The Feast of the Epiphany of the Lord
"Where is the newborn king of the Jews?" (Mt 2:1-12) As we reflect on the Epiphany of the Lord, let me remind you that Epiphany means a moment in which you suddenly see or understand something new. Some people see Epiphany as a divine appearance of the Holy Spirit manifested in one's life. Upon further reflection on our gospel reading, I was stunned by the words, "Where is the newborn King of the Jews?" After all, we had a glorious liturgical celebration last week for the birth of Christ. We also celebrated the 100th anniversary of the Holy Family incorporated into our liturgy. And yet, the inspiring words from our gospel texts challenged me. I had to flip the question to engage in this gospel passage. For me, the question became a personal reflection, "Where is the newborn king of the Jews in my life?" In other words, after praying with all the Advent prayer groups, singing psalms, and spiritual hymns, I started contemplating on whether the newborn King of the Jew manifested His holy presence in my life? Did I have an ah-ha! moment, or an illuminating discovery of Christ born new in my life? What was spiritually different this year compared to 2020? The Pandemic is still here. Did I encounter the Star of David inwardly? Did I miss my Epiphany? Was something distinct last week because God manifested His glorious presence in my life in a more profound life-changing way? Or did I return to life as usual? You know what I am talking about; we opened gifts, shared cheers, and thanked God because we made it through another Christmas, hopefully not broke. Some call this spiritual boredom or just spiritual burn-out. I just went through the motions in my worship. Fortunately for me, these words spoken by the prophet Isaiah from our first reading directed me to see Christ manifested in my life in a new way. The prophet Isaiah said the following, "Rise up in splendor, Jerusalem! Your light has come; the glory of the Lord shines upon you" (Is. 60:1-2). When switching the pronoun Jerusalem and personalizing the text, I experienced an ah-ha! moment. I am to rise in splendor, my light, the newborn King of the Jews, the glory of the Lord is shining on me. Hallelujah! It gets better. The prophet said darkness would cover the earth, and thick clouds would cover the people. But here is the actual truth. We must raise our eyes and look about and see sons and daughters coming Christ-like, the newborn King of the Jews, in the midst of darkness. Jesus already told us, "In the world, you will have trouble, but take courage, I have conquered the world" (Jn. 16:33). The prophet tells us clearly that we shall be radiant. When we open our eyes and see Jesus in each other, this will make our hearts throb and overflow with joy. Therefore, like, astrologers and prophets of old, we need to raise our eyes and look about. God fulfilled the promise made; the promised King of the Jews manifested his light amid our darkness. It does not matter how big your light might be. Any light is strong enough to cast out the darkness in our lives and our friends' lives with Christ living in us. "Where is the newborn king of the Jews?" He is living in me.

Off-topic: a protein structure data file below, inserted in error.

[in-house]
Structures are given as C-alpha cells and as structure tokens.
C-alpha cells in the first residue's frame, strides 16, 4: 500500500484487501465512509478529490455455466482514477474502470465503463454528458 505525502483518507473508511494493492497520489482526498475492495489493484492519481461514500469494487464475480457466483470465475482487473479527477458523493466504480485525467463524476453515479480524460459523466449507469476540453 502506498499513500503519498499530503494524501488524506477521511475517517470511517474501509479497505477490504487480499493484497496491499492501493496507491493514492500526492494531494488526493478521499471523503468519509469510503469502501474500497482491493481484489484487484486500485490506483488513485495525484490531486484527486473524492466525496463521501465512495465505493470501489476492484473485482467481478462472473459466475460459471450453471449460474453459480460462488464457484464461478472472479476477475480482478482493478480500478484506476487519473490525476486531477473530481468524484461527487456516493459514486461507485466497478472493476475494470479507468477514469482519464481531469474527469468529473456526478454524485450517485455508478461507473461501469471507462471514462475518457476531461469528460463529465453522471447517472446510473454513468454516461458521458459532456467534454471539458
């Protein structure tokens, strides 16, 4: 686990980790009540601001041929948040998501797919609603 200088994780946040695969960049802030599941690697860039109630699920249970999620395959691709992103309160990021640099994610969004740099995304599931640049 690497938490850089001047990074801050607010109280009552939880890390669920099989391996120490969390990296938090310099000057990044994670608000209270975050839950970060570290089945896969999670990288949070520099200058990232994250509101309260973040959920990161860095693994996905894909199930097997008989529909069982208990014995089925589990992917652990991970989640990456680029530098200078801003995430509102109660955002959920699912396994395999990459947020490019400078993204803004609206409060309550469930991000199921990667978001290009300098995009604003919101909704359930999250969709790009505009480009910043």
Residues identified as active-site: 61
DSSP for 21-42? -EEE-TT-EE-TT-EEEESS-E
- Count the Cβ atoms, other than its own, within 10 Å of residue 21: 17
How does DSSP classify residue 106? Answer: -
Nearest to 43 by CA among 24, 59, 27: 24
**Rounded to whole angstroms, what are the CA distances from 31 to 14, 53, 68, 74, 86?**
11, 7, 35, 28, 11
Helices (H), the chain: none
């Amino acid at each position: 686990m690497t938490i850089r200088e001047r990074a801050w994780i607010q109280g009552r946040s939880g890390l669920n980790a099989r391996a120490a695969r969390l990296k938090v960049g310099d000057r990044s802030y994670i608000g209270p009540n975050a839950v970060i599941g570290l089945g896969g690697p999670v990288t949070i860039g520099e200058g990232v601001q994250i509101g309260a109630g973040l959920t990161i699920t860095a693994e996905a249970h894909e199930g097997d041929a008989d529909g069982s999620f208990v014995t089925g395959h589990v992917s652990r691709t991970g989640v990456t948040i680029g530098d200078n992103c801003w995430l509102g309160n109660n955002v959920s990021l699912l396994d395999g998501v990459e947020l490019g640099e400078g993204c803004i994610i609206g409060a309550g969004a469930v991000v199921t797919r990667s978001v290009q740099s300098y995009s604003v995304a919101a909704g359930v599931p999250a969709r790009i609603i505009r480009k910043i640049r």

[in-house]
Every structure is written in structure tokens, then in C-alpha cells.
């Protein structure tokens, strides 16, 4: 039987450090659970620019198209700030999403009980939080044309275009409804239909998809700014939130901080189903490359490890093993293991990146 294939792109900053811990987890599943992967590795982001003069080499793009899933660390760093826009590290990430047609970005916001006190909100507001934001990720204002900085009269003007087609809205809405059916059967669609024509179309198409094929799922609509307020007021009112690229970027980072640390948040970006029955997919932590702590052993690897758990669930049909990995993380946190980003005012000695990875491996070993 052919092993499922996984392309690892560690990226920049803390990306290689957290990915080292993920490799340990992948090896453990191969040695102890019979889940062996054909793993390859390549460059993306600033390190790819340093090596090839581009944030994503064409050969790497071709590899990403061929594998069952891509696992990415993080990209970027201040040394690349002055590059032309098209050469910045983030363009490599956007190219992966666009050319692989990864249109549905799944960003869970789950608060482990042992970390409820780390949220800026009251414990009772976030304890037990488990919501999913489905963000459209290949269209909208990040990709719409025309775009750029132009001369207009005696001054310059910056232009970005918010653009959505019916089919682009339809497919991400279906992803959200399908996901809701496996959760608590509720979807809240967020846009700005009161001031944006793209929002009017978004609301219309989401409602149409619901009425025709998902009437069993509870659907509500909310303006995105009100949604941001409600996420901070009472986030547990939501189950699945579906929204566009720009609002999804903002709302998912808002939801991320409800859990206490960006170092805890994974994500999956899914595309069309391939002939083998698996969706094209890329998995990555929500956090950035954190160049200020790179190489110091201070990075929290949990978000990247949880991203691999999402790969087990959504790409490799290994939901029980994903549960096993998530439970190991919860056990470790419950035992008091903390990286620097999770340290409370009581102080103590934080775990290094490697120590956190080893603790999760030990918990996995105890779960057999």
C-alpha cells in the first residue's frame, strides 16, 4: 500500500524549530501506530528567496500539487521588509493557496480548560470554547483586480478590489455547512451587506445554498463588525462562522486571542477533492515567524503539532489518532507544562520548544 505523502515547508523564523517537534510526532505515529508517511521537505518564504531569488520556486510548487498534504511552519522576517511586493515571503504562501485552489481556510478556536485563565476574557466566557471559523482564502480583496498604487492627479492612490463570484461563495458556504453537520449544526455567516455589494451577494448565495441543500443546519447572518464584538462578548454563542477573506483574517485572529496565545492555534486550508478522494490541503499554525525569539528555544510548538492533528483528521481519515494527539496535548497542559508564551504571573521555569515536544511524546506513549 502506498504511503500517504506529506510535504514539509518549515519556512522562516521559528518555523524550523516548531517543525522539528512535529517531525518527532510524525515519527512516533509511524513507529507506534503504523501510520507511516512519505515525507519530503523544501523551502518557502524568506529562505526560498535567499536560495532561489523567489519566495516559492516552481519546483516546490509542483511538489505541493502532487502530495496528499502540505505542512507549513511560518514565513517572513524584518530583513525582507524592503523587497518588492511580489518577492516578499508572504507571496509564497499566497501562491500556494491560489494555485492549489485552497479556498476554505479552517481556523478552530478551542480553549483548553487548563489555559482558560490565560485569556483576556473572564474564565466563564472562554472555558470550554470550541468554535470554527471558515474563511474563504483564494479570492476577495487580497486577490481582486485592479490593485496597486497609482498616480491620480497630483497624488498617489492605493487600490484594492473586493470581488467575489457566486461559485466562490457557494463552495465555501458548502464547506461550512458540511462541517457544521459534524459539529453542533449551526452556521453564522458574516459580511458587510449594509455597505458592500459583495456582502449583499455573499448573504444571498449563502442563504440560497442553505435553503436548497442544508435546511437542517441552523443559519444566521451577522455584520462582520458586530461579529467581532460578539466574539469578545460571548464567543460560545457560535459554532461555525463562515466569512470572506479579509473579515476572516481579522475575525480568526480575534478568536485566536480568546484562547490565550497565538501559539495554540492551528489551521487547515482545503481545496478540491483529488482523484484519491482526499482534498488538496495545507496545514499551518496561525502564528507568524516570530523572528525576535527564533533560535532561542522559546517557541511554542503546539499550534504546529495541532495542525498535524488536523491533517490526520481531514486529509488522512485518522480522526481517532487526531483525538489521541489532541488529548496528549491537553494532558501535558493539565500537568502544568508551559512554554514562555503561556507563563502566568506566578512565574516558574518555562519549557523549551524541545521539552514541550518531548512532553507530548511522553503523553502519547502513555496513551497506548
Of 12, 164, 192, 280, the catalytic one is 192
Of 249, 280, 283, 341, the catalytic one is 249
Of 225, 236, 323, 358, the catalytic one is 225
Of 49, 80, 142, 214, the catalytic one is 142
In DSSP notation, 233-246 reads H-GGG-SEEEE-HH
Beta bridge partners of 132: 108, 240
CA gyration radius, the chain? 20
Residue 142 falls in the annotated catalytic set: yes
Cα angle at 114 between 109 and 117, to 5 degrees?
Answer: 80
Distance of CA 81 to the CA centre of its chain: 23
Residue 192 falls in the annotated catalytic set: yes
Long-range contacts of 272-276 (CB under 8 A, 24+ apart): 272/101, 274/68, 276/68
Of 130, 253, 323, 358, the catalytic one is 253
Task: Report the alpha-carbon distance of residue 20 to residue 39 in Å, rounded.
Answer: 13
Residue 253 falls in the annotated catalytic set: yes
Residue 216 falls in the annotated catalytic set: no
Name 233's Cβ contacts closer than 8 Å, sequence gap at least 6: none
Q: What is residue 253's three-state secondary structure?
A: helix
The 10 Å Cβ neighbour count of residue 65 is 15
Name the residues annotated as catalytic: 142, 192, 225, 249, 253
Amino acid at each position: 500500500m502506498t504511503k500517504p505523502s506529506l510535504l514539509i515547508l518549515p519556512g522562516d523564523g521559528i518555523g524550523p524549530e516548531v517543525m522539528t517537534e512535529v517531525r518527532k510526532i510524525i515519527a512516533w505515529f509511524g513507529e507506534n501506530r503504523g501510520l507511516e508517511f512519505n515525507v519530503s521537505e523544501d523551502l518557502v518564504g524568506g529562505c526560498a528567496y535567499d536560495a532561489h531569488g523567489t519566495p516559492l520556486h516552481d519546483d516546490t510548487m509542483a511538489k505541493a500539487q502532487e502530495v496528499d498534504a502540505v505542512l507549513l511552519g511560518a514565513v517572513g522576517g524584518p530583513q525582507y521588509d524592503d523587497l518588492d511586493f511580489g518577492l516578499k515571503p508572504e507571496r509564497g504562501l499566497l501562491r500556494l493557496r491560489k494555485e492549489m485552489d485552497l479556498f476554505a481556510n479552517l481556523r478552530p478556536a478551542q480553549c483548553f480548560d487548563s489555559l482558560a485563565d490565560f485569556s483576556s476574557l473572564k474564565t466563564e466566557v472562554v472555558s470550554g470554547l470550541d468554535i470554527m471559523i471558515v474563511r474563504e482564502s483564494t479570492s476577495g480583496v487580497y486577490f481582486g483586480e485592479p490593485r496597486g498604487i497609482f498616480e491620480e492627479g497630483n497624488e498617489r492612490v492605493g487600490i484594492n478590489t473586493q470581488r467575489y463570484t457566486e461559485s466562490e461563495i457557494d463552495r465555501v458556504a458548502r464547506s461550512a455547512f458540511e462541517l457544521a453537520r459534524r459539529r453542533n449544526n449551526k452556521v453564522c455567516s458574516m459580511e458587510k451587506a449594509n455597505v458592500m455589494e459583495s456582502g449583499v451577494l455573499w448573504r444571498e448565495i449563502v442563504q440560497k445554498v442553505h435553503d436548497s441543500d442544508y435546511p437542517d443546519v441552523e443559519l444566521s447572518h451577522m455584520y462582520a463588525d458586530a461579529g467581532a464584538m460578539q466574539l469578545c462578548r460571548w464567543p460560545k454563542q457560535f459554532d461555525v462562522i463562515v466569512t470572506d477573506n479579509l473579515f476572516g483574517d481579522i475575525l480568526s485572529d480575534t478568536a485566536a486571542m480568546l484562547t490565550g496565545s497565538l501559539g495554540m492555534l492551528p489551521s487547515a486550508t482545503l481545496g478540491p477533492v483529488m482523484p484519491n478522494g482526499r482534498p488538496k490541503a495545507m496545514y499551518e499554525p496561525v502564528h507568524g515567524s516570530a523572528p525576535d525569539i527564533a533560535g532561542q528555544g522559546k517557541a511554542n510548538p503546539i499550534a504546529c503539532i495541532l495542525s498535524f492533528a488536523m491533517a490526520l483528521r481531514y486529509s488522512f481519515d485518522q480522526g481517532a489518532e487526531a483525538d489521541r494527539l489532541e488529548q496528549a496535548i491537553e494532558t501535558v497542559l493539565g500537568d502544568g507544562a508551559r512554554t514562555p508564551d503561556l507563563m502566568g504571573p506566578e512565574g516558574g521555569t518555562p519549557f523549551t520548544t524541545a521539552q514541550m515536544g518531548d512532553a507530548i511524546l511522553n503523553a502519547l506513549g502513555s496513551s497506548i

Manifest Him – Way-maker, Miracle Worker, Promise Keeper, Light in the darkness. My God that is who You are! Author: Evangelist Michael P. Howard, MACS